China, Pakistan’s main ally and investor, said Monday it would support any government.

“As Pakistan’s close neighbor and iron-clad friend, we sincerely hope that all factions in Pakistan will remain united and work together for national stability and development,” Foreign Ministry spokesman Zhao Lijian said at a briefing. “I would like to emphasize that no matter how the political situation changes in Pakistan, China will steadfastly adhere to its friendly policy towards Pakistan.”

China is heavily invested in Pakistan in its multi-billion dollar global initiative to connect South and Central Asia with Beijing.

Pakistan’s longtime rival India also sent congratulations to Sharif, in which Indian Prime Minister Narendra Modi said his country “wants peace and stability.” The two countries have fought three wars and have come dangerously close to a fourth over the disputed Himalayan region of Kashmir, which is divided between the two and claimed by both.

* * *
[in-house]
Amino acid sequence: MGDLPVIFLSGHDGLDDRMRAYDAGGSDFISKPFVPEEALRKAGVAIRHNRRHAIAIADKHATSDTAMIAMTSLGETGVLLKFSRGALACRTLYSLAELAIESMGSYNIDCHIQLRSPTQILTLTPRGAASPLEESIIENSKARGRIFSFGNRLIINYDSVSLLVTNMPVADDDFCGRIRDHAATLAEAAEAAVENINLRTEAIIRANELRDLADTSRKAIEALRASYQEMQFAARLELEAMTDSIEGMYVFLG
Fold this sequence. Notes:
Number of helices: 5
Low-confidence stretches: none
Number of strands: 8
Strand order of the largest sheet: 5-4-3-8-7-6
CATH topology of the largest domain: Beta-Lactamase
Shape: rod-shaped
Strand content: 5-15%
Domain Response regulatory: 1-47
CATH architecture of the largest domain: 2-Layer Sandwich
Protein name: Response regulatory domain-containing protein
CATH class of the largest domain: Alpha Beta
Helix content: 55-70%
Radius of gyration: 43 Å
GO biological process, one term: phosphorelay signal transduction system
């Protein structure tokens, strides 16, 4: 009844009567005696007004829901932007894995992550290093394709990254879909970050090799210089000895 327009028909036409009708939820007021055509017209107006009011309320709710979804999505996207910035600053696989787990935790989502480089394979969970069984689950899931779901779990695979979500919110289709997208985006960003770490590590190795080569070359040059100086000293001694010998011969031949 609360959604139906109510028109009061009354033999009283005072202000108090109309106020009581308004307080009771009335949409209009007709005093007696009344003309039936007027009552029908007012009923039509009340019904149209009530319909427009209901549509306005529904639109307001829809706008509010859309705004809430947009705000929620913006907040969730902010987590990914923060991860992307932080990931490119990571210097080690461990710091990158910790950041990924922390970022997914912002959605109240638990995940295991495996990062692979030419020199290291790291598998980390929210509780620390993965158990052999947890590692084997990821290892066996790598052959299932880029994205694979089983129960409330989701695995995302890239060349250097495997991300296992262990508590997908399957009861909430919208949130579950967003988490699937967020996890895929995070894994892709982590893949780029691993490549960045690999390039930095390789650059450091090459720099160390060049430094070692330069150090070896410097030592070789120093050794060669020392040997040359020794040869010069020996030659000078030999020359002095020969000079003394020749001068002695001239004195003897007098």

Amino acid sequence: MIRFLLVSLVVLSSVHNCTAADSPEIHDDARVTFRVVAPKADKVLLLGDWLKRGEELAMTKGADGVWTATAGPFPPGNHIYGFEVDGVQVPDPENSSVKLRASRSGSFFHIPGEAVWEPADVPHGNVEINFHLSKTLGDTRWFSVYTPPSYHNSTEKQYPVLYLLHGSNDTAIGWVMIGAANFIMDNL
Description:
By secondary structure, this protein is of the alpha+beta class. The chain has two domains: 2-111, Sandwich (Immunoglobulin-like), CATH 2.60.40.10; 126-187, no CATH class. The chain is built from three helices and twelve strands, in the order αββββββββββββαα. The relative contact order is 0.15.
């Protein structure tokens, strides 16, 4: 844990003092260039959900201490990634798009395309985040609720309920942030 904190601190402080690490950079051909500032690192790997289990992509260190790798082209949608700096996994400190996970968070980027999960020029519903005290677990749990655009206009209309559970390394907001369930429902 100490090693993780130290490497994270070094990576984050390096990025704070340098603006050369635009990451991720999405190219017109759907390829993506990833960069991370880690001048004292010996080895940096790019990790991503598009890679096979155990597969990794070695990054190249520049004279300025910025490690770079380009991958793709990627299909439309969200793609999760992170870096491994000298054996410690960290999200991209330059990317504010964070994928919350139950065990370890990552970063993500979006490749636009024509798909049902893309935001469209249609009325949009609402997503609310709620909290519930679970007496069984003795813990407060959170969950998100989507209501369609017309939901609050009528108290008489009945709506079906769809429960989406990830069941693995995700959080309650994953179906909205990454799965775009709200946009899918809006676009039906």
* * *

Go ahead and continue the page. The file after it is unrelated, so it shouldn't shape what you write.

The opposition coalition consists of parties that cross the political divide, from the left to the radical religious. The two largest parties are the Pakistan Muslim League, led by Sharif, and the Pakistan People’s Party, which is jointly led by Benazir Bhutto’s son and husband, the former prime minister who was assassinated in 2007.

A few wealthy and powerful families have dominated Pakistan’s policies for decades, with power most often alternating between Sharif and Bhutto camps. Both political houses have been accused of and sometimes convicted of widespread corruption. They have denied the allegations as being politically motivated.